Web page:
The optically addressed spatial light modulator (OASLM) illustrated in FIG. 1 is based on a photoconductive layer PC and a liquid crystal film FLC. When the nematic layer TN adjacent to the photoconductive layer PC is twisted, the light from poorly illuminated objects ("house") can pass through crossed polarizers P1 and P2. The light from brightly illuminated objects ("sun") is focused on the PC layer, inducing the local transition from twisted to homeotropic state in the FLC layer due to the voltage externally applied to the optically addressed spatial light modulator (OASLM). The twisted-homeotropic transition is completed only at the location of the optically addressed spatial light modulator (OASLM) where the conductivity of photoconductor PC increases due to the strong lighting ("sun"). At this point the light does not pass through polarizer P2 ; the brightness of the strongly illuminated object ("sun") is reduced in the resulting image. Lenses L2 and L3 represent the simplest "eye" 1 for observing this image. The optical design of the system can be more complex depending on the required size and shape of the eyeglasses (prisms, mirrors, etc. can be used).
Referring to FIGS. 2a-c, three extreme states of the average optical indicatrix <n> occur in the optically addressed spatial light modulator (OASLM) when the DHF effect is used, as described by B. I. Ostrovski, A. Z. Rabinovich, and V. G. Chigrinov in "Advances in Liquid Crystal Research and Applications," published by L. Bata, Pergamon Press, Oxford--Akad. Kiado, Budapest--1980, p. 469, and which is herein incorporated by reference: (1) for positive voltage +E (open), the deviation of n is equal to +θo in relation to direction z; (2) for negative voltage -E (open) the optical axis n is deflected by -θo, where θo is the molecular inclination in smectic phase C* and n is the direction of the longitudinal molecular axis (director); and (3) for low voltages the axis <n> of the average optical design indicatrix is deflected by a small amount, in proportion to the voltage applied from the z direction.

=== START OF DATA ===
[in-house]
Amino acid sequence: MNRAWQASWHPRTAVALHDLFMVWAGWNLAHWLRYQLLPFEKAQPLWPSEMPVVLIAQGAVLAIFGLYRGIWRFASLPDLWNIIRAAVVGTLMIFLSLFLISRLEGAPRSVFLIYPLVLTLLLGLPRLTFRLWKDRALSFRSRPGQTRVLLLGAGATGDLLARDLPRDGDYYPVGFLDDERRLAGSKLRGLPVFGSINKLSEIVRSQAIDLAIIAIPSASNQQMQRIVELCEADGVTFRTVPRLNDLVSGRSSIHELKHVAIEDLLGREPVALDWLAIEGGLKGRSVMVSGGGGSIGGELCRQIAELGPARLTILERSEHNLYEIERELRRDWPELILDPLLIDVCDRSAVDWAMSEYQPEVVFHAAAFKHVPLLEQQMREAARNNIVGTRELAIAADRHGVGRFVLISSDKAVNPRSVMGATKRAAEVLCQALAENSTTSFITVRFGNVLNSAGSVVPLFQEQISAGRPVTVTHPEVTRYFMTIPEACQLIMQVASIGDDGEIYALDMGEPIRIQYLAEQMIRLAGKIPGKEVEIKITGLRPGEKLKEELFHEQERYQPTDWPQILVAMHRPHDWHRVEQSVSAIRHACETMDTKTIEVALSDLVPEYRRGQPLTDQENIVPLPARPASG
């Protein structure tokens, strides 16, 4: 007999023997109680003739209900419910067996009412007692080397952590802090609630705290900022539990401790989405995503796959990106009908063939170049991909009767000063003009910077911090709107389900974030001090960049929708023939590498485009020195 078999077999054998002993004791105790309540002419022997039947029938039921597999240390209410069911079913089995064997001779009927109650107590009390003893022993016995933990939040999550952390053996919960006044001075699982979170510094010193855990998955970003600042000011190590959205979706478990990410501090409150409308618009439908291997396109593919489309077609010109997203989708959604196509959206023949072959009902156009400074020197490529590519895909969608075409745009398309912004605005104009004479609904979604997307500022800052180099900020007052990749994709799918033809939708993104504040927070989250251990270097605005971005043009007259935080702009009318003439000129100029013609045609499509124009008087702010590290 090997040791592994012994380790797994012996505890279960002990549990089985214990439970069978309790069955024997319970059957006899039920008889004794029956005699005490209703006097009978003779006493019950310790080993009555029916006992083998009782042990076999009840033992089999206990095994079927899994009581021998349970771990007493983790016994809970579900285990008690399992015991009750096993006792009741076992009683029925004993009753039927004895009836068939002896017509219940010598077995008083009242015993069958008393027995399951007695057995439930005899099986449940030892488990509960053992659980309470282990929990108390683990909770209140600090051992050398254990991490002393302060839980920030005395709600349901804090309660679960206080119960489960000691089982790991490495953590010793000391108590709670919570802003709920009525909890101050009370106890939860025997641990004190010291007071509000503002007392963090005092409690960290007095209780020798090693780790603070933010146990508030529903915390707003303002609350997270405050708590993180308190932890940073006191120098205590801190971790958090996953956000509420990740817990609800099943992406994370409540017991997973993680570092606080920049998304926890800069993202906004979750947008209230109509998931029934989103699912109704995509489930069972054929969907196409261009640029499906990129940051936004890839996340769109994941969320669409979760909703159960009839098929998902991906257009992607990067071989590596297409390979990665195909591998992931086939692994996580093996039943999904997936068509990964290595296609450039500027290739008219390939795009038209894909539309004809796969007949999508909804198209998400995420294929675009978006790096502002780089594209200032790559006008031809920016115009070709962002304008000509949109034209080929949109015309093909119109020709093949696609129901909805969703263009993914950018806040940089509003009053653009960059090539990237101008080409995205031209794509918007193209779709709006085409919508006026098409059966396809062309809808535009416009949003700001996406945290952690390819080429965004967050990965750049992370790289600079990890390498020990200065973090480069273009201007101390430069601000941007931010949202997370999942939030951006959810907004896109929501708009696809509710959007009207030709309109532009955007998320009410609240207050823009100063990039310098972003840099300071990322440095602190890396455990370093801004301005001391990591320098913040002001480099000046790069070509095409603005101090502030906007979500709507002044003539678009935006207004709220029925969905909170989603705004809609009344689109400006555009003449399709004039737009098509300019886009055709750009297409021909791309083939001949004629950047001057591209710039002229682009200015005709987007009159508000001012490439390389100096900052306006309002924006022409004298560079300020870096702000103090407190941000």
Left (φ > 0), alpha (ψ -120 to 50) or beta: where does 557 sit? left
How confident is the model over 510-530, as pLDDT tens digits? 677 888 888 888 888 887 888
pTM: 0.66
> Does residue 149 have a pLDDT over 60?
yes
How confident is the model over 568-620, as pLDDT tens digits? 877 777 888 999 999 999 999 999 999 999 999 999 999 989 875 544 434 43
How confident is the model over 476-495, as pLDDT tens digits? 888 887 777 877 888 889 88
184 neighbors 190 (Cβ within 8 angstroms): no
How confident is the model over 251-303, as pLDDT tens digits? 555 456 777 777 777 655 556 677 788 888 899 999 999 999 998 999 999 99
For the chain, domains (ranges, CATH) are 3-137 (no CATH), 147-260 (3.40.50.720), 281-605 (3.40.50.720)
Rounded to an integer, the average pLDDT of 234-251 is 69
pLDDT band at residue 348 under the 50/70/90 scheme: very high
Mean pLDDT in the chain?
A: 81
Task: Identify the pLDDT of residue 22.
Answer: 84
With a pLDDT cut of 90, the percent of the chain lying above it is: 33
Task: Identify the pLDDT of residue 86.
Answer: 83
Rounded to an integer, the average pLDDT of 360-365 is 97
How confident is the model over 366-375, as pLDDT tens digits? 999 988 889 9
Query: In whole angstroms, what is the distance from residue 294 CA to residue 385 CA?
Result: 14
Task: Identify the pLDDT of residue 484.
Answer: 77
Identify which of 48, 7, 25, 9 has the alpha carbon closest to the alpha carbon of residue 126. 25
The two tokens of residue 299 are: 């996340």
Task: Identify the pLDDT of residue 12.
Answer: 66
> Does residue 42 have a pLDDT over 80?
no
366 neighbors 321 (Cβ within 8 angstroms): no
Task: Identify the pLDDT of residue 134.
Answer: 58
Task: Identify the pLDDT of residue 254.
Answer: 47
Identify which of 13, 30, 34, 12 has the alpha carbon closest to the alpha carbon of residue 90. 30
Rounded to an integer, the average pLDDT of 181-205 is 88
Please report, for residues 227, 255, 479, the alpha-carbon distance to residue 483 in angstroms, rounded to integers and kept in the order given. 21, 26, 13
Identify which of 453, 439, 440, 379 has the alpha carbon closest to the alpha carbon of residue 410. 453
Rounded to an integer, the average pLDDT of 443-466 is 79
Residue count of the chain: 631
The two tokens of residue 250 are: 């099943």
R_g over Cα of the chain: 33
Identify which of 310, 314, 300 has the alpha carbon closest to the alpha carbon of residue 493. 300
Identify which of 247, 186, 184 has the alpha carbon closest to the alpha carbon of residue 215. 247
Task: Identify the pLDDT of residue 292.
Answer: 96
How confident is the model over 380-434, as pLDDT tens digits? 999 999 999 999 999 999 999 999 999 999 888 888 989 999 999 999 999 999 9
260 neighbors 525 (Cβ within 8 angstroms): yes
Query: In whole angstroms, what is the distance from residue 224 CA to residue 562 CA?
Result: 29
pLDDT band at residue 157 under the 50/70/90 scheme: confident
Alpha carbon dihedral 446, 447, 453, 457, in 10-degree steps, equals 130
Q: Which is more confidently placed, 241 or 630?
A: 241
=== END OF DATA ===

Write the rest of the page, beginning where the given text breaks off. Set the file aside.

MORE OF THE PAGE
Two extreme positions +θo and -θo occur for the brightly illuminated areas of the optically addressed spatial light modulator (OASLM). Thus the externally applied voltage, acting upon the FLC layer, exceeds the threshold value for winding up the helix.
FIG. 2 shows the effect when DHF LC material with a molecular inclination of θo =45° is used. FIGS. 2a, and 2b show the plane of polarized light e(±E) for positive (FIG. 2a) and negative (FIG. 2b) polarity of the drive voltage, respectively. For brightly illuminated areas of the optically addressed spatial light modulator (OASLM), light is not allowed to pass. FIG. 2c is a small deviation of the planes of e(±E) from the original direction z of the helix axes (equaling the direction of friction) for light emitted from the poorly illuminated areas of the optically addressed spatial light modulator (OASLM).
In one arrangement of the FLC layer with a molecular inclination of θo =45° according to FIGS. 2a and 2b, high light intensity is suppressed for both polarities of the drive voltage if the direction of friction z forms an angle of 45° with polarizer P1. In the poorly illuminated areas of the optically addressed spatial light modulator (OASLM), the average optical indicatrix is almost parallel to the direction of the undisturbed helix z (FIG. 2c), which results in almost all the light being transmitted. The polarization plane of the light e(±E) is rotated by 90° .
FIG. 3 shows the operation when using DHF LC material with a molecular inclination of θo <45°. FIGS. 3a and 3b denote the planes of the polarized light e(±E) for positive and negative polarity of the drive voltage in brightly (FIG. 3a) and poorly (FIG. 3b) illuminated areas of the optically addressed spatial light modulator (OASLM). For positive polarity e(+E), the director n1 runs in the FLC1 layer. For negative polarity e(-E), the director n2 (-E) of shutter 2 (shown in FIG. 4) coincides with polarizer P2. Thus no light passes through polarizer P3 .
FIGS. 3 and 4 illustrate the case of θo ≠45 °. For positive polarity +E of the drive voltage, the transmitted light in the brightly illuminated areas is fully suppressed by the optically addressed spatial light modulator (OASLM), FIG. 3a. For negative polarity of the drive voltage, quick shutter 2 (FIG. 4) is used to avoid blinding of the eye and/or the video camera 1. FIG. 4 also shows the optically addressed spatial light modulator (OASLM) with its transparent plates 6a, 6b with electrodes, and the quick shutter 2 with transparent plates 7a, 7b with electrodes.